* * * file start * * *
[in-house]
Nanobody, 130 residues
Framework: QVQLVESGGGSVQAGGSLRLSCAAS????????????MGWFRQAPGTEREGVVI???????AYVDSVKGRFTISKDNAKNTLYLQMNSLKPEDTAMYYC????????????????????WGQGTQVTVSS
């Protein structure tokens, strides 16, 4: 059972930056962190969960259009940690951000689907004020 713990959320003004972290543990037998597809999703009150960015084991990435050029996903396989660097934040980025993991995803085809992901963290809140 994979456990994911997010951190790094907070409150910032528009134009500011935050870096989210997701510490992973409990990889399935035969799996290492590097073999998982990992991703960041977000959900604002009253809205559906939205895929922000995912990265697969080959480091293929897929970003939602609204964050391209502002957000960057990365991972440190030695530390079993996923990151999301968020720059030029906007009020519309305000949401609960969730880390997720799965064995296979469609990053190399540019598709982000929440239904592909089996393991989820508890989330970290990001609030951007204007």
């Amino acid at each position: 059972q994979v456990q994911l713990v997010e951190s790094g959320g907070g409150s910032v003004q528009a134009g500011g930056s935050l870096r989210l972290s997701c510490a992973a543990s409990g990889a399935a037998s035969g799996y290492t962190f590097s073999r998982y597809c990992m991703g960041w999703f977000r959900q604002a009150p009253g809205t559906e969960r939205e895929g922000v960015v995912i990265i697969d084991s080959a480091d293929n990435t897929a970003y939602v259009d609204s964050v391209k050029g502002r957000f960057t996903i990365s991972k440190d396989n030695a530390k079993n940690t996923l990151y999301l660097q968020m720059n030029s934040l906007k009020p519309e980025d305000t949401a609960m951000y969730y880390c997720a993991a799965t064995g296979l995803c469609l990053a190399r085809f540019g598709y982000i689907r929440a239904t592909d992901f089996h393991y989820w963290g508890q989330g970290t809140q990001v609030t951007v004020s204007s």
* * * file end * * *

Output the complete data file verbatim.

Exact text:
[in-house]
Nanobody, 130 residues
Framework: QVQLVESGGGSVQAGGSLRLSCAAS????????????MGWFRQAPGTEREGVVI???????AYVDSVKGRFTISKDNAKNTLYLQMNSLKPEDTAMYYC????????????????????WGQGTQVTVSS
């Protein structure tokens, strides 16, 4: 059972930056962190969960259009940690951000689907004020 713990959320003004972290543990037998597809999703009150960015084991990435050029996903396989660097934040980025993991995803085809992901963290809140 994979456990994911997010951190790094907070409150910032528009134009500011935050870096989210997701510490992973409990990889399935035969799996290492590097073999998982990992991703960041977000959900604002009253809205559906939205895929922000995912990265697969080959480091293929897929970003939602609204964050391209502002957000960057990365991972440190030695530390079993996923990151999301968020720059030029906007009020519309305000949401609960969730880390997720799965064995296979469609990053190399540019598709982000929440239904592909089996393991989820508890989330970290990001609030951007204007």
């Amino acid at each position: 059972q994979v456990q994911l713990v997010e951190s790094g959320g907070g409150s910032v003004q528009a134009g500011g930056s935050l870096r989210l972290s997701c510490a992973a543990s409990g990889a399935a037998s035969g799996y290492t962190f590097s073999r998982y597809c990992m991703g960041w999703f977000r959900q604002a009150p009253g809205t559906e969960r939205e895929g922000v960015v995912i990265i697969d084991s080959a480091d293929n990435t897929a970003y939602v259009d609204s964050v391209k050029g502002r957000f960057t996903i990365s991972k440190d396989n030695a530390k079993n940690t996923l990151y999301l660097q968020m720059n030029s934040l906007k009020p519309e980025d305000t949401a609960m951000y969730y880390c997720a993991a799965t064995g296979l995803c469609l990053a190399r085809f540019g598709y982000i689907r929440a239904t592909d992901f089996h393991y989820w963290g508890q989330g970290t809140q990001v609030t951007v004020s204007s």